With today's closing of its acquisition of substantially all the assets of Standard Radio Inc., Astral Media Inc. officially became the largest radio broadcaster in the country. The comprehensive media company's radio presence, which is in 34 English markets across eight provinces, includes leading brands such as CFRB, EZ Rock, The Mix and The Bear. The additions complement Astral's existing brands Énergie, RockDétente and boom fm in 13 francophone markets. "Our national network of 82 radio stations now enables us to offer advertisers an unprecedented access to highly defined audiences at the local level through some of the best radio brands in the country," said Astral president and CEO Ian Greenberg in a press release. "In today's changing media world, radio remains a very powerful and exciting medium that positions us well for future growth."
The talking point of the ramifications of lighter regulation in broadcasting found a home once again last week at Insight's Entertainment Industries Summit in Toronto, where a panel of industry experts weighed in on the potential impacts of deregulation for both broadcasters and consumers.
Novell Inc. has named Tim Wolfe as president, Novell Americas. He will be responsible for the execution of Novell's strategy across the region. Wolfe brings nearly three decades of software, technology and consulting experience to the role, most recently serving as VP and GM of Novell's East region in the United States. He will play a key role in Novell's transition to a greater focus on customers and partners.
A recent In-Stat survey of US consumers reveals that 44% of urban females, 52% of urban males, and 44% of suburban males say they are not getting enough international content from their US television programming services. Filling this need, reports In-Stat, could be a straightforward path to increasing viewing hours among key demographics. Consider that about 30% of the survey respondents said they were light television viewers, with their TV set on for less than four hours a day, and 35.6% of households with incomes greater than US$100,00 per year are likely to be light viewers as well. In-Stat reports that both female and male light viewers are among those who do not feel they are getting enough international content on TV. "Advertisers are constantly working to attract young males," reads the In-Stat press release. "[Our] survey shows that broadcasters and Subscription TV services could deliver this vital demographic by bringing in more international programming and content."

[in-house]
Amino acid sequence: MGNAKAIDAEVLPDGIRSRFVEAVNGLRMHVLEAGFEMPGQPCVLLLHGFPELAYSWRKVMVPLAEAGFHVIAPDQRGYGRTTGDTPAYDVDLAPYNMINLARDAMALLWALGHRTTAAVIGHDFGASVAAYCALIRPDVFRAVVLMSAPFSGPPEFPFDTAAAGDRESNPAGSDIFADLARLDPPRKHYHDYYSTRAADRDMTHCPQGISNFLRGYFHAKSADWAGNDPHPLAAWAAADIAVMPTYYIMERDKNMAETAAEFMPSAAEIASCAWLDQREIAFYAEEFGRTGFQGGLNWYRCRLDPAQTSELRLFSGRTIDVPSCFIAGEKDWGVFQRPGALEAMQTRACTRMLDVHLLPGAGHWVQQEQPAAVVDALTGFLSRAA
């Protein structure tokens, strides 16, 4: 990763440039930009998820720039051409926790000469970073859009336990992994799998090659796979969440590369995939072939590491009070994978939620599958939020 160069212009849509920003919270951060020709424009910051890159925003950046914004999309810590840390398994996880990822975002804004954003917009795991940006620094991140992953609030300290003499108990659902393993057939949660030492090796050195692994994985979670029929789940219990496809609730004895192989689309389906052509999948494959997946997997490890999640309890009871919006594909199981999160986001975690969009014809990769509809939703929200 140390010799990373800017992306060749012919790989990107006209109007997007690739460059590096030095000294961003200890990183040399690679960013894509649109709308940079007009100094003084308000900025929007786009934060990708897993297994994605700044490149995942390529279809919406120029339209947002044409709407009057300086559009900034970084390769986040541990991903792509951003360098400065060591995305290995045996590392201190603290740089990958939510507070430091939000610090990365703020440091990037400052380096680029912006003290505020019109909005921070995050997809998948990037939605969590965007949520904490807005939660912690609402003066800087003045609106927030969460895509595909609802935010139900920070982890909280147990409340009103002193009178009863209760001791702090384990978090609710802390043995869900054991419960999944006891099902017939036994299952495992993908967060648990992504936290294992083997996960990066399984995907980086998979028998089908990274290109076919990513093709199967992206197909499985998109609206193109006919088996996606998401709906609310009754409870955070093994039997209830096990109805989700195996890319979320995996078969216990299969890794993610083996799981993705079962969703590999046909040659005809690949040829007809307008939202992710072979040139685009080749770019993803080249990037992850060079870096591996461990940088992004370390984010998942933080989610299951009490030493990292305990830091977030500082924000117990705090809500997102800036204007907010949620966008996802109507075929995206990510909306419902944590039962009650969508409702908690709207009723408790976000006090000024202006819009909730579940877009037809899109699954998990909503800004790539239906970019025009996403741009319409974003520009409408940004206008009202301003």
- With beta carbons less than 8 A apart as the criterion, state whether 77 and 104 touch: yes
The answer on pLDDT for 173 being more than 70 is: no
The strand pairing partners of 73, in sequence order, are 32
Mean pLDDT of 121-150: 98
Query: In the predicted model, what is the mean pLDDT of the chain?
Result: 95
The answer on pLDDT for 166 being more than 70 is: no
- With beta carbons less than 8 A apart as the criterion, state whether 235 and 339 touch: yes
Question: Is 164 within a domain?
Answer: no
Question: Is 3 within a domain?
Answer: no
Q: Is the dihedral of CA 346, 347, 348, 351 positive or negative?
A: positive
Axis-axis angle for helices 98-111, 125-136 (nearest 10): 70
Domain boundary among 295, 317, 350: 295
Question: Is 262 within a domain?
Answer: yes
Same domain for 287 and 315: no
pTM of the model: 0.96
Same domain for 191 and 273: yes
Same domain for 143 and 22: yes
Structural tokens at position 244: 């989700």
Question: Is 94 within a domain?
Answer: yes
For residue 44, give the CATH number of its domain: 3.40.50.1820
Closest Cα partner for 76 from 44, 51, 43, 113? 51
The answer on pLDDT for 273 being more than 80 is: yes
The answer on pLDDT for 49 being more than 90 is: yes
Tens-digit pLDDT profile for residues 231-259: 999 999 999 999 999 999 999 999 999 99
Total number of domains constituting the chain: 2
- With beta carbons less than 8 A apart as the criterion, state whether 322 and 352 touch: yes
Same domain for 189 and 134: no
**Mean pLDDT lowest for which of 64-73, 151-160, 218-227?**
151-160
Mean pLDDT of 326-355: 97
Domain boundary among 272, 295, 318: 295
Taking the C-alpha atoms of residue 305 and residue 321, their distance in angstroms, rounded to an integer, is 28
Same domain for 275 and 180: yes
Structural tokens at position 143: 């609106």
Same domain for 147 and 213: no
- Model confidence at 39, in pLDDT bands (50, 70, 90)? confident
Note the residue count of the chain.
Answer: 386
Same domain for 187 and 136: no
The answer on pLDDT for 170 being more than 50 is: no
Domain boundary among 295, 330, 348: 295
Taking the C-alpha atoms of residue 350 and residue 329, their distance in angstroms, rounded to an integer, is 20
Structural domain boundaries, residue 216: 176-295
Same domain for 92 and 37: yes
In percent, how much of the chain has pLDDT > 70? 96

At a Toronto conference earlier this week one of the authors of the now notorious Dunbar/Leblanc regulatory framework review elaborated on how deregulation can benefit Canadians and Canadian programming.
Toronto-based mobile media company MyThum Interactive Inc. has been recognized as one of the 10 fastest-growing wireless companies in North America by the Deloitte Wireless Fast 50 Program. This most recent ranking comes on the heals of MyThum placing fourth in the Deloitte Technology Fast 50 in Canada ranking earlier this year. "We are honoured to be recognized as a leader in the North American wireless industry," said Michael Carter, President and CEO of MyThum Interactive in a news release. "Our success – as evidenced by our continued expansion — can be attributed to our persistent innovation, excellence in customer service and employing the best and brightest talent." The Deloitte Wireless Fast 50 achievement, which is based on the percentage fiscal year revenue growth over five years [from 2002-2006].
Given the CRTC's desire to lighten its regulatory burden in the broadcasting space we could be headed for a major industry realignment following February's BDU and discretionary services review. Industry observers, however, are wary about how much the commission can, and will, let market forces reign in broadcasting.